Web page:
Intel doubles investment in Costa Rica chip manufacturing plant amid surging demand

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Intel plans to invest $600 million, up from $350 million, in the chip manufacturing plant

As a result of the ongoing global shortage of semiconductors, Intel this week revealed that is has nearly doubled a previously proposed investment in a micro-chip plant in Costa Rica from the $350 million announced in December to $600 million. In addition, the company now hopes to triple the number of new jobs created over the next few months.

“We are very pleased to announce this increase in investment to be made in the country and which is also associated with an increase in jobs,” said Timothy Scott Hall, an Intel Costa Rica manager and spokesperson.

In 2014, Intel shut down its Costa Rica facility, located in Belén, laying off 1,500 workers. In 2000, microchips represented 36% of the country’s total exports. Prior to the facility’s closing, Foreign Trade Minister Anabel González called the company’s presence the “most important vector of development of the country in the last 15 years.”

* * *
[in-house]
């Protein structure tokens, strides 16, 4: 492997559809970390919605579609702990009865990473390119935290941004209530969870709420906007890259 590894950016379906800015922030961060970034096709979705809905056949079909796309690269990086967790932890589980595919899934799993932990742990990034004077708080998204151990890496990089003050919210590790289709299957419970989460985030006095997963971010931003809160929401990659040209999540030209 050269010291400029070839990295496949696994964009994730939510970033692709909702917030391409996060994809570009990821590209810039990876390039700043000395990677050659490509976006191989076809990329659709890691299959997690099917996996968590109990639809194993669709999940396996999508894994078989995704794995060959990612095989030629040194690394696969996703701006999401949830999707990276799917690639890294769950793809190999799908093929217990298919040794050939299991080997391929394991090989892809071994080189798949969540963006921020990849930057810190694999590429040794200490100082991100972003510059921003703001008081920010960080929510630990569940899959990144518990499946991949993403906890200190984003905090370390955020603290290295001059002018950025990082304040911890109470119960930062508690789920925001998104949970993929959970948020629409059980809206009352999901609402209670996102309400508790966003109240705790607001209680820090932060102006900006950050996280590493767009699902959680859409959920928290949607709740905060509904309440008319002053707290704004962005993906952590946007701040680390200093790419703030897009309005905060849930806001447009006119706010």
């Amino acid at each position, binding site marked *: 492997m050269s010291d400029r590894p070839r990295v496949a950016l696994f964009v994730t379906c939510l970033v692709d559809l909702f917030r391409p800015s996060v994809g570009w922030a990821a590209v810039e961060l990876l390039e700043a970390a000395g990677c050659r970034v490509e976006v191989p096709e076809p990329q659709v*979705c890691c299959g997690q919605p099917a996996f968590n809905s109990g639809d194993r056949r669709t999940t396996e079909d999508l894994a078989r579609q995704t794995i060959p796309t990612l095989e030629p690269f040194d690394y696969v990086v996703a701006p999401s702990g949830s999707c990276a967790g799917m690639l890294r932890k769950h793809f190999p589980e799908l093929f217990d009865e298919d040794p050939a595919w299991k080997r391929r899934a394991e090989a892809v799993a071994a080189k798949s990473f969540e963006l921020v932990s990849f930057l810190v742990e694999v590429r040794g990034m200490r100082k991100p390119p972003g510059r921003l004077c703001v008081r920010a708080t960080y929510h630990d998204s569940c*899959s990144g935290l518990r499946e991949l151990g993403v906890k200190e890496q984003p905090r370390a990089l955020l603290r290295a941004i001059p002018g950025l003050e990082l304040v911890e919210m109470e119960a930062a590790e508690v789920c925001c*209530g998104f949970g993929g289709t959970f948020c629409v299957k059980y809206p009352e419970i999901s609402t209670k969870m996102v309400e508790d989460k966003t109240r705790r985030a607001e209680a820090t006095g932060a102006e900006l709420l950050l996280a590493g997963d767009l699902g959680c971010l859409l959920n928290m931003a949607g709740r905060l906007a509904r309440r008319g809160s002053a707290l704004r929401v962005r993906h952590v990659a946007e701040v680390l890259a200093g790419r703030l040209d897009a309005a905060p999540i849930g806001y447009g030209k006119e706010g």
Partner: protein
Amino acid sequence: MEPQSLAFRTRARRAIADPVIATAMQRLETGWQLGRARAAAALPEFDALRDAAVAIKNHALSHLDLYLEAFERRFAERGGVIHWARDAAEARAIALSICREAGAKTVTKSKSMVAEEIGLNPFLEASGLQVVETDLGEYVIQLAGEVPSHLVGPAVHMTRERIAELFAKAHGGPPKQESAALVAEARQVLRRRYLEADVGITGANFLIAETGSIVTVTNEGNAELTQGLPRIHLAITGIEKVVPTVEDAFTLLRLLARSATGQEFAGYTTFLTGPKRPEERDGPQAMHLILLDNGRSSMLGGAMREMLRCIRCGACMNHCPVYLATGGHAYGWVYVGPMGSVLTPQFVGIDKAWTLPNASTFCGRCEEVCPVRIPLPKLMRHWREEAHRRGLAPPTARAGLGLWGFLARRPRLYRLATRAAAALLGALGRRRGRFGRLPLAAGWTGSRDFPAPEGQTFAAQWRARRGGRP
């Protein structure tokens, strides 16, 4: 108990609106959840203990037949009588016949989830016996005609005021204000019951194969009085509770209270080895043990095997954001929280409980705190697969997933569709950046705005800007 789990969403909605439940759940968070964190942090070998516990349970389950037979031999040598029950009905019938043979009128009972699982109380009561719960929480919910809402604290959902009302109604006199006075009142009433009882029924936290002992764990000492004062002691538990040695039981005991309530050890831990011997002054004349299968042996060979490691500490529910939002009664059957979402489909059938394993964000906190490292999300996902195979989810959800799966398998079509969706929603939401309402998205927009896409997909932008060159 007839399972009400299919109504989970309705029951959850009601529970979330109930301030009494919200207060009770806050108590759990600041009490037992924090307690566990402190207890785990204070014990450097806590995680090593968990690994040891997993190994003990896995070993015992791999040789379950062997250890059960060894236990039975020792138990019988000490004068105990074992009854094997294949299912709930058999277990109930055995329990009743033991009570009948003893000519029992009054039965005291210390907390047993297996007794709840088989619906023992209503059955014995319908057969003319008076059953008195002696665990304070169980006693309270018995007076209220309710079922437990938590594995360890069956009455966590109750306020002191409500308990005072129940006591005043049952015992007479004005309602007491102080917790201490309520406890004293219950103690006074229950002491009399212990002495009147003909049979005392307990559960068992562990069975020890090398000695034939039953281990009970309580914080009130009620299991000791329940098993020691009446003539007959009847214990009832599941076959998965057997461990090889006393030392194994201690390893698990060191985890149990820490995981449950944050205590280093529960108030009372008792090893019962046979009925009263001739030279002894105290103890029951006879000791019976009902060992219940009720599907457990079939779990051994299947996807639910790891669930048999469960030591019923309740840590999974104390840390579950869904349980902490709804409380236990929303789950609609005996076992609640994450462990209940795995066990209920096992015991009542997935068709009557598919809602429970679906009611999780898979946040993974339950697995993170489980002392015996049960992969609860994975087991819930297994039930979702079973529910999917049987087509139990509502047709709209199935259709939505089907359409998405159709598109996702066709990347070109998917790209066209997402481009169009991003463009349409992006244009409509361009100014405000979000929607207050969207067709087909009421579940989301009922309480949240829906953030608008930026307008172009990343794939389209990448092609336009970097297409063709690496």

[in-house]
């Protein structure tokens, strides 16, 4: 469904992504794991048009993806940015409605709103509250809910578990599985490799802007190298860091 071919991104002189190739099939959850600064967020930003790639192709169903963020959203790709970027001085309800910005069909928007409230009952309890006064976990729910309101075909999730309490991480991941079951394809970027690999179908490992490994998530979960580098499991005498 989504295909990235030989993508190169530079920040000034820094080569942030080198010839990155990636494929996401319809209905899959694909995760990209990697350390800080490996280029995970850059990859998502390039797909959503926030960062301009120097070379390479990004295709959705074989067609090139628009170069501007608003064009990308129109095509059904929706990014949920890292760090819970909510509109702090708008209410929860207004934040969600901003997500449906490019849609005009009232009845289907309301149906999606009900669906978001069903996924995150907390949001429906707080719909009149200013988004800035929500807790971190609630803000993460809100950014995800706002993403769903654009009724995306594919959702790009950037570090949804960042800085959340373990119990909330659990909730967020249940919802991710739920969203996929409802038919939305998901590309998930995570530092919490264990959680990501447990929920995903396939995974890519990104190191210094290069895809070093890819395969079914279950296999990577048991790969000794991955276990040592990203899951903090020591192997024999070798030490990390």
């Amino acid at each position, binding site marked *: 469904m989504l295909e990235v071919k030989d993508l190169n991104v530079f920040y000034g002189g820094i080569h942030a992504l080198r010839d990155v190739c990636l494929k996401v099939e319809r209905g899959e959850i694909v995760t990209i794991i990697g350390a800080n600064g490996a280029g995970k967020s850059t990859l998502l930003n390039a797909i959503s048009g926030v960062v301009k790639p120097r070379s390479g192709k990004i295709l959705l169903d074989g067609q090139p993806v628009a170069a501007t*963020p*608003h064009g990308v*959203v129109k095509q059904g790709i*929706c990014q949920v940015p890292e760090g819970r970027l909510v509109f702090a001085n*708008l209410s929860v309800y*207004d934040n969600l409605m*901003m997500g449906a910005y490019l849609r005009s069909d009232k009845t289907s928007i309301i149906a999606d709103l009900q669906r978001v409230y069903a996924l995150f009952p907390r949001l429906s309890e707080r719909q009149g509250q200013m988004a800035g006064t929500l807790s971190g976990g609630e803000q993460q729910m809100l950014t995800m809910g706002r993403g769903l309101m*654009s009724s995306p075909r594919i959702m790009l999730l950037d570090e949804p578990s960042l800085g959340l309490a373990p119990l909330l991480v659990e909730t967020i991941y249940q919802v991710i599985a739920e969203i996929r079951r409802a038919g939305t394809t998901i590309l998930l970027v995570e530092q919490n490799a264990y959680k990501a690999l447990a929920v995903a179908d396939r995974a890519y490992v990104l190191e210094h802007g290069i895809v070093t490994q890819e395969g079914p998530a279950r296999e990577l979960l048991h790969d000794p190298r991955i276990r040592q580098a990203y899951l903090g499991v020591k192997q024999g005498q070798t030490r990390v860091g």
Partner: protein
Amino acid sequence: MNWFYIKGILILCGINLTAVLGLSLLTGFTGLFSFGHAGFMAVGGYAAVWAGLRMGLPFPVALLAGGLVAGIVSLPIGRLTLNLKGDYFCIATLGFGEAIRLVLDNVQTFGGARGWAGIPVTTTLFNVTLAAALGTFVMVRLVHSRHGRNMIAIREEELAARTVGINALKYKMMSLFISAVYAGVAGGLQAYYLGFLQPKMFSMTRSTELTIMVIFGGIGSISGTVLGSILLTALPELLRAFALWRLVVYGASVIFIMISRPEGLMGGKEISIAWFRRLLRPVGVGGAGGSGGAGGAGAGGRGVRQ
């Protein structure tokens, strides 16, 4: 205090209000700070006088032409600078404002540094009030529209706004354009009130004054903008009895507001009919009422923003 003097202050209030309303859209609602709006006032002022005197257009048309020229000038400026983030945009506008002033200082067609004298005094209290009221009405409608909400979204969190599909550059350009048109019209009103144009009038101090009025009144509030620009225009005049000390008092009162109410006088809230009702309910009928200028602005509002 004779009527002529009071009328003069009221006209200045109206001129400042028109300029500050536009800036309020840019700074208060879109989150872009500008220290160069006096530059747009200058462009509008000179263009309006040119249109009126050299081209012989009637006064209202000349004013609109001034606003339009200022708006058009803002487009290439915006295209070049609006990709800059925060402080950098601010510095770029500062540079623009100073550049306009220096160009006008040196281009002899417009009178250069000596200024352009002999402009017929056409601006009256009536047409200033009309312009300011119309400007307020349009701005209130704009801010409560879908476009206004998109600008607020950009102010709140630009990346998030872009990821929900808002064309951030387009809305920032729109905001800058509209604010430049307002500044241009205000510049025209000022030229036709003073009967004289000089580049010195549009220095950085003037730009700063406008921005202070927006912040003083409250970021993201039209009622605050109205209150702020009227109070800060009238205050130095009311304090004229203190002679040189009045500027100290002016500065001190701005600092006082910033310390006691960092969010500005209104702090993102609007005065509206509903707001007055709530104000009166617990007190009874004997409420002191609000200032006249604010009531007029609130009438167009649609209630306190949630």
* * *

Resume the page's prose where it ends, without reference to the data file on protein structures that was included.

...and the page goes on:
However, as global demand for chips surges and a shortage is expected to continue until 2023, Intel is looking to reestablish its footprint in the Central American country.

“Intel continuously evaluates its operations around the world to ensure that we have the right capacity to meet global demand. We will begin assembly and testing operations in Costa Rica in order to expand our capacity and continue to meet the needs of our customers,” Ileana Rojas, general manager of Intel Costa Rica said in December.

Intel isn’t alone in making large chip manufacturing investments. Samsung, for instance, said that it’s considering a $10 billion chip manufacturing plant in Texas. Competitor Taiwan Semiconductor Manufacturing CO. (TSMC), recently suggested plans to build new factories in the U.S. and Japan, as well.

Further, in June, the U.S. Senate passed a measure, aimed at countering China’s technological strength, outlined $250 billion in spending, a large portion of which is designated to boosting U.S. technology research and development and chip production. According to the executive summary of the bill, it pumps tens of billions of dollars into incentives for domestic semiconductor production and R&D, with some specific funding meant to build a more robust supply chain for the chips used by auto manufacturers, who have been hit particularly hard by the shortage.

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